The FDIC board today voted 3-2 to propose a special assessment to make up for losses to the Deposit Insurance Fund caused by regulators’ decision to declare a systemic risk exception in the failures of Silicon Valley Bank and Signature Bank. Starting with first quarter of 2024, the FDIC would impose a special assessment on the excess of an independent bank’s estimated uninsured deposits in excess of $5 billion as of last December, or the same for bank holding companies’ consolidated estimated insured deposits (allocated over the subsidiary banks).
The assessment rate will be approximately 12.5 basis points. The special assessment would be collected over eight quarters, based on the estimated cost of the systemic risk declaration. However, the $15.8 billion estimate—lower than originally estimated—would be adjusted quarterly as assets from SVB and Signature are sold and receivership expenses are recovered, which could result in changes to the assessment rate or period.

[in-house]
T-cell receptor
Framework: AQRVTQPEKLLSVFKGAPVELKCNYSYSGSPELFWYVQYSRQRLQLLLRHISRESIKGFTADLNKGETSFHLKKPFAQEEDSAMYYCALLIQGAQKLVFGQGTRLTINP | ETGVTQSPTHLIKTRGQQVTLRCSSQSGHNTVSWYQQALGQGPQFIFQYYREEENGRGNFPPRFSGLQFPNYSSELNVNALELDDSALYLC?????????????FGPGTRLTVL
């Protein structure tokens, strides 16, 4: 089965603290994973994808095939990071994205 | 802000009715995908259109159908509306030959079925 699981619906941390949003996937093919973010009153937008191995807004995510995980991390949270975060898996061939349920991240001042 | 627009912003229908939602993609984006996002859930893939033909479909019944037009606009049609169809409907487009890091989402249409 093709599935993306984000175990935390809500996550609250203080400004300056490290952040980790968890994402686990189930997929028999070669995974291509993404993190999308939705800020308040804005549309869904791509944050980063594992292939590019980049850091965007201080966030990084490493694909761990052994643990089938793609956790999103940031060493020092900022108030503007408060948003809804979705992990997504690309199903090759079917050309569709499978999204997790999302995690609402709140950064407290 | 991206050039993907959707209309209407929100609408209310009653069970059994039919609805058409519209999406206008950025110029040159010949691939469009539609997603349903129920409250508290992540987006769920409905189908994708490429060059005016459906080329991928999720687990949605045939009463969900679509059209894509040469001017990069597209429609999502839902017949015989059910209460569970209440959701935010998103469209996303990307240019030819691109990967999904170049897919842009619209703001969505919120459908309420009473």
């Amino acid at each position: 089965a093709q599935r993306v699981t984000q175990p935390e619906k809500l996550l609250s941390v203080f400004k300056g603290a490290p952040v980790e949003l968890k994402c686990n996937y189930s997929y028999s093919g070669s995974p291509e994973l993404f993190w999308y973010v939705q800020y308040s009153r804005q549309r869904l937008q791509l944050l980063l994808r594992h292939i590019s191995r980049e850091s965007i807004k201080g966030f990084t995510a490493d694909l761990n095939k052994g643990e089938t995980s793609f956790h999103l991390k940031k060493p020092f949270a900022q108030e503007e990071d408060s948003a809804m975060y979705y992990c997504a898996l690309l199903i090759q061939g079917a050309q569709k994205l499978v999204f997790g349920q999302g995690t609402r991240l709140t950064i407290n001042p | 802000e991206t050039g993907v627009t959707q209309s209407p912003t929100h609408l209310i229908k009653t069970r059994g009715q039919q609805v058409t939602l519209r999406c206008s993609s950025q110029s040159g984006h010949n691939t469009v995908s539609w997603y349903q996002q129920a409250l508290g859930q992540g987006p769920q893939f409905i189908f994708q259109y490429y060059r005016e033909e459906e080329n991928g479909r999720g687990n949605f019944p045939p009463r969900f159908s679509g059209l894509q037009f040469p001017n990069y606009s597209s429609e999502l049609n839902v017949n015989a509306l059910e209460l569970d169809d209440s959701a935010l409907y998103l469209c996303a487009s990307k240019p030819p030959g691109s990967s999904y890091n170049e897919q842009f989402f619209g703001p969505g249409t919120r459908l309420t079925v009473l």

FDIC staff determined that 113 banking organizations would be subject to the assessment—none with less than $5 billion in assets; 65 between $5 billion and $50 billion; and 48 larger institutions. Those larger than $50 billion would pay more than 95% of the assessment. FDIC staff estimated that, if the special assessment were imposed in one quarter only, the affected banks’ income would be reduced by an average 17.5% and capital would be reduced by less than 1%.
In a statement, American Bankers Association President and CEO Rob Nichols said the association is reviewing the assessment, but it appreciates the FDIC’s decision to exclude most community banks.
“Once we receive input from our members, we will be prepared to provide industry feedback to the FDIC on the special assessment, the timing of the expense, and the ongoing increase in quarterly Deposit Insurance Fund assessments on banks,” Nichols said. “More broadly, we continue to engage with regulators and members of Congress on further measures to enhance confidence in the banking system and financial markets, including increased scrutiny of predatory short selling and a discussion of potential deposit insurance reforms that could allow banks of all sizes to better serve their customers and communities.”